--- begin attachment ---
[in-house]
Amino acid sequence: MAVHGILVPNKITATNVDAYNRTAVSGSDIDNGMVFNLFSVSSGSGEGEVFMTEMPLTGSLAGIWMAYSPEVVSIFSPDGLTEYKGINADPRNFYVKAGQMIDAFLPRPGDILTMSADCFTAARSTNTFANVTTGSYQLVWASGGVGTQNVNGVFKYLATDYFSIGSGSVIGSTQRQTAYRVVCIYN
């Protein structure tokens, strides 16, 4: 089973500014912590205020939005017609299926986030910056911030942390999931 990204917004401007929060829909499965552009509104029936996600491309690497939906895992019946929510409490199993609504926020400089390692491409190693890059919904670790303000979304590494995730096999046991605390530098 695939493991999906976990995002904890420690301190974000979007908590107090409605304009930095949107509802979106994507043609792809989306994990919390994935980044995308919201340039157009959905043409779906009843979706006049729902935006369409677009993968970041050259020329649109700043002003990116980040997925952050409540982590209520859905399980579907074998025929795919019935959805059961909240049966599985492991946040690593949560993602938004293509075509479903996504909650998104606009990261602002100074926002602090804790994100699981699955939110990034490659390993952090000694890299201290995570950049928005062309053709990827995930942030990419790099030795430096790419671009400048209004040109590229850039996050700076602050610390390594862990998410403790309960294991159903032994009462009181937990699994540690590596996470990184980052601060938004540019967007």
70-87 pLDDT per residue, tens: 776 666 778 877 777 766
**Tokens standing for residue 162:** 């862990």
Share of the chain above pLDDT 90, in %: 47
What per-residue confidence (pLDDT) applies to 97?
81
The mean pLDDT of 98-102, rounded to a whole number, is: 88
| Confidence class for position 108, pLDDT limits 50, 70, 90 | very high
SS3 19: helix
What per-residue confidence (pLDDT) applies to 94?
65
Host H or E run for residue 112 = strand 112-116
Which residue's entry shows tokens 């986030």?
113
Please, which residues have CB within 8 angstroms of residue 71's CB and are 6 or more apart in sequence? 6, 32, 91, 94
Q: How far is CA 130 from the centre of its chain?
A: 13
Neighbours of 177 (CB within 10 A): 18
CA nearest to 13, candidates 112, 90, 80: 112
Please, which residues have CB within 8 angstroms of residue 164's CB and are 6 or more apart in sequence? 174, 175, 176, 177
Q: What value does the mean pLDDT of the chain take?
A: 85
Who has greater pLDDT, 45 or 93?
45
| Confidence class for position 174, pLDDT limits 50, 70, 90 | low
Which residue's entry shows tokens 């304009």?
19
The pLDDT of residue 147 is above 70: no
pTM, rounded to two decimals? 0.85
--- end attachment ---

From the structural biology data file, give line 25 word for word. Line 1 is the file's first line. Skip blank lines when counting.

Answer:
Who has greater pLDDT, 45 or 93?